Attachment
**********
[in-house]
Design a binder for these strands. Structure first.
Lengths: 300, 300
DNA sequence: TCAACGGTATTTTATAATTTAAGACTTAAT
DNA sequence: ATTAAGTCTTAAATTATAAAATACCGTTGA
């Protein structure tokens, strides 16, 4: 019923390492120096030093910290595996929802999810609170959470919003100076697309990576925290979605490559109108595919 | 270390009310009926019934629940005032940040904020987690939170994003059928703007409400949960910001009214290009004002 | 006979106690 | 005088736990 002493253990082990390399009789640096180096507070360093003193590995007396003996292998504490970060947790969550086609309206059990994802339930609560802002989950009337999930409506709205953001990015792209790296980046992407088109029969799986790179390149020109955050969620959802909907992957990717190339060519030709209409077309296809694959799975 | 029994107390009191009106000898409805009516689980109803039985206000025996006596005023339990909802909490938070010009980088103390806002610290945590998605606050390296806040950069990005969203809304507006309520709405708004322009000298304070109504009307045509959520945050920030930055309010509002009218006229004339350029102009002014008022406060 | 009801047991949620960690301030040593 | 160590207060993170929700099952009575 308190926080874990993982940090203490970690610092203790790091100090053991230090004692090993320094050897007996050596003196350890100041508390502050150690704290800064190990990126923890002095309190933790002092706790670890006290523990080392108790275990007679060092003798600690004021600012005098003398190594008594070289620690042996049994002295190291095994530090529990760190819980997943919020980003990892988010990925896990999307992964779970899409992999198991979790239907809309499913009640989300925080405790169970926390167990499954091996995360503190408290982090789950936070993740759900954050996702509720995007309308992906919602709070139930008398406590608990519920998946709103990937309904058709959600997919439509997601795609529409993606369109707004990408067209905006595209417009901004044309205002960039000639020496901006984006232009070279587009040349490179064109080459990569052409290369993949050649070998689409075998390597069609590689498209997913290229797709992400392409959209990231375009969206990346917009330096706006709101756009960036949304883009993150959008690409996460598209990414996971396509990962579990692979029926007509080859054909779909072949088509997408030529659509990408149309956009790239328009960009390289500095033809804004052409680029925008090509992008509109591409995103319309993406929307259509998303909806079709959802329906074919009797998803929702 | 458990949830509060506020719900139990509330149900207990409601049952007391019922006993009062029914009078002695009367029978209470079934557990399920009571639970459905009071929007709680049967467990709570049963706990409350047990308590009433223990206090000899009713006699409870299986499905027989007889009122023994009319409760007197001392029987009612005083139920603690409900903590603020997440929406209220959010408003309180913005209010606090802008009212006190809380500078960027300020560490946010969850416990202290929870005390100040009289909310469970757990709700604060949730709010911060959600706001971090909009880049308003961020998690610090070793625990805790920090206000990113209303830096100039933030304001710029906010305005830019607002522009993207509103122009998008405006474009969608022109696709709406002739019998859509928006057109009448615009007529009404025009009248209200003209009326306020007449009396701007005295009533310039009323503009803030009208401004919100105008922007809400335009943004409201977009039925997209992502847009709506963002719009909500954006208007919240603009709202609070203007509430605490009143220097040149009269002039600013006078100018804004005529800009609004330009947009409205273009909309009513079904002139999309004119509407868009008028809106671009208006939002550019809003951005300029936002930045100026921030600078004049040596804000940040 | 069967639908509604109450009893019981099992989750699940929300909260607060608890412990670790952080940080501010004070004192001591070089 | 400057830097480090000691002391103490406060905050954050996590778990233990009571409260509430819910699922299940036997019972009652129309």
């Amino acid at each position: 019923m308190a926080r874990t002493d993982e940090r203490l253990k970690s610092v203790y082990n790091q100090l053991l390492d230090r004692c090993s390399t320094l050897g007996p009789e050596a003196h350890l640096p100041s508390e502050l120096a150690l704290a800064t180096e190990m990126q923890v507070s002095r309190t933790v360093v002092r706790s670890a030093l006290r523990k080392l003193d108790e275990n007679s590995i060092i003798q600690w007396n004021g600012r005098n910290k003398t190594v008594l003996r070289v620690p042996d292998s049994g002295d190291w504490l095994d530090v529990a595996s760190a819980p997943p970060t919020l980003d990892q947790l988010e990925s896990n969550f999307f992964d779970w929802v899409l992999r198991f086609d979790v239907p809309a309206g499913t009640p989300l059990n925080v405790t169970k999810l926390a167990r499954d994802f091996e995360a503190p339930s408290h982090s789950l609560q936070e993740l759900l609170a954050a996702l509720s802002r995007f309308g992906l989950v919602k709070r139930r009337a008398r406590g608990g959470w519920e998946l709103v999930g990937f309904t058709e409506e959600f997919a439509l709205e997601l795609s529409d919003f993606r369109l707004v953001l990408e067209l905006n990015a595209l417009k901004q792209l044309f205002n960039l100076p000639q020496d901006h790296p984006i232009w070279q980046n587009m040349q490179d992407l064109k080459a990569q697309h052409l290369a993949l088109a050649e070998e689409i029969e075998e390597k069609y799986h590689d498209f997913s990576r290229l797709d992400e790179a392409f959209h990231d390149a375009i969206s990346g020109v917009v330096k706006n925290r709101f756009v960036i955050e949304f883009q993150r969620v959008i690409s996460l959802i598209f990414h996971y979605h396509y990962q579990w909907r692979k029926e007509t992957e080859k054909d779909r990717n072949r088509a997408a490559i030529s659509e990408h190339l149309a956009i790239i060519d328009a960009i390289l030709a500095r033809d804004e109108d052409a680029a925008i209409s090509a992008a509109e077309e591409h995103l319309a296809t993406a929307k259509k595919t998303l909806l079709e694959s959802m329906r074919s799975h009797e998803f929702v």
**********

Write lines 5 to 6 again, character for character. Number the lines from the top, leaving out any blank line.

DNA sequence: ATTAAGTCTTAAATTATAAAATACCGTTGA
């Protein structure tokens, strides 16, 4: 019923390492120096030093910290595996929802999810609170959470919003100076697309990576925290979605490559109108595919 | 270390009310009926019934629940005032940040904020987690939170994003059928703007409400949960910001009214290009004002 | 006979106690 | 005088736990 002493253990082990390399009789640096180096507070360093003193590995007396003996292998504490970060947790969550086609309206059990994802339930609560802002989950009337999930409506709205953001990015792209790296980046992407088109029969799986790179390149020109955050969620959802909907992957990717190339060519030709209409077309296809694959799975 | 029994107390009191009106000898409805009516689980109803039985206000025996006596005023339990909802909490938070010009980088103390806002610290945590998605606050390296806040950069990005969203809304507006309520709405708004322009000298304070109504009307045509959520945050920030930055309010509002009218006229004339350029102009002014008022406060 | 009801047991949620960690301030040593 | 160590207060993170929700099952009575 308190926080874990993982940090203490970690610092203790790091100090053991230090004692090993320094050897007996050596003196350890100041508390502050150690704290800064190990990126923890002095309190933790002092706790670890006290523990080392108790275990007679060092003798600690004021600012005098003398190594008594070289620690042996049994002295190291095994530090529990760190819980997943919020980003990892988010990925896990999307992964779970899409992999198991979790239907809309499913009640989300925080405790169970926390167990499954091996995360503190408290982090789950936070993740759900954050996702509720995007309308992906919602709070139930008398406590608990519920998946709103990937309904058709959600997919439509997601795609529409993606369109707004990408067209905006595209417009901004044309205002960039000639020496901006984006232009070279587009040349490179064109080459990569052409290369993949050649070998689409075998390597069609590689498209997913290229797709992400392409959209990231375009969206990346917009330096706006709101756009960036949304883009993150959008690409996460598209990414996971396509990962579990692979029926007509080859054909779909072949088509997408030529659509990408149309956009790239328009960009390289500095033809804004052409680029925008090509992008509109591409995103319309993406929307259509998303909806079709959802329906074919009797998803929702 | 458990949830509060506020719900139990509330149900207990409601049952007391019922006993009062029914009078002695009367029978209470079934557990399920009571639970459905009071929007709680049967467990709570049963706990409350047990308590009433223990206090000899009713006699409870299986499905027989007889009122023994009319409760007197001392029987009612005083139920603690409900903590603020997440929406209220959010408003309180913005209010606090802008009212006190809380500078960027300020560490946010969850416990202290929870005390100040009289909310469970757990709700604060949730709010911060959600706001971090909009880049308003961020998690610090070793625990805790920090206000990113209303830096100039933030304001710029906010305005830019607002522009993207509103122009998008405006474009969608022109696709709406002739019998859509928006057109009448615009007529009404025009009248209200003209009326306020007449009396701007005295009533310039009323503009803030009208401004919100105008922007809400335009943004409201977009039925997209992502847009709506963002719009909500954006208007919240603009709202609070203007509430605490009143220097040149009269002039600013006078100018804004005529800009609004330009947009409205273009909309009513079904002139999309004119509407868009008028809106671009208006939002550019809003951005300029936002930045100026921030600078004049040596804000940040 | 069967639908509604109450009893019981099992989750699940929300909260607060608890412990670790952080940080501010004070004192001591070089 | 400057830097480090000691002391103490406060905050954050996590778990233990009571409260509430819910699922299940036997019972009652129309």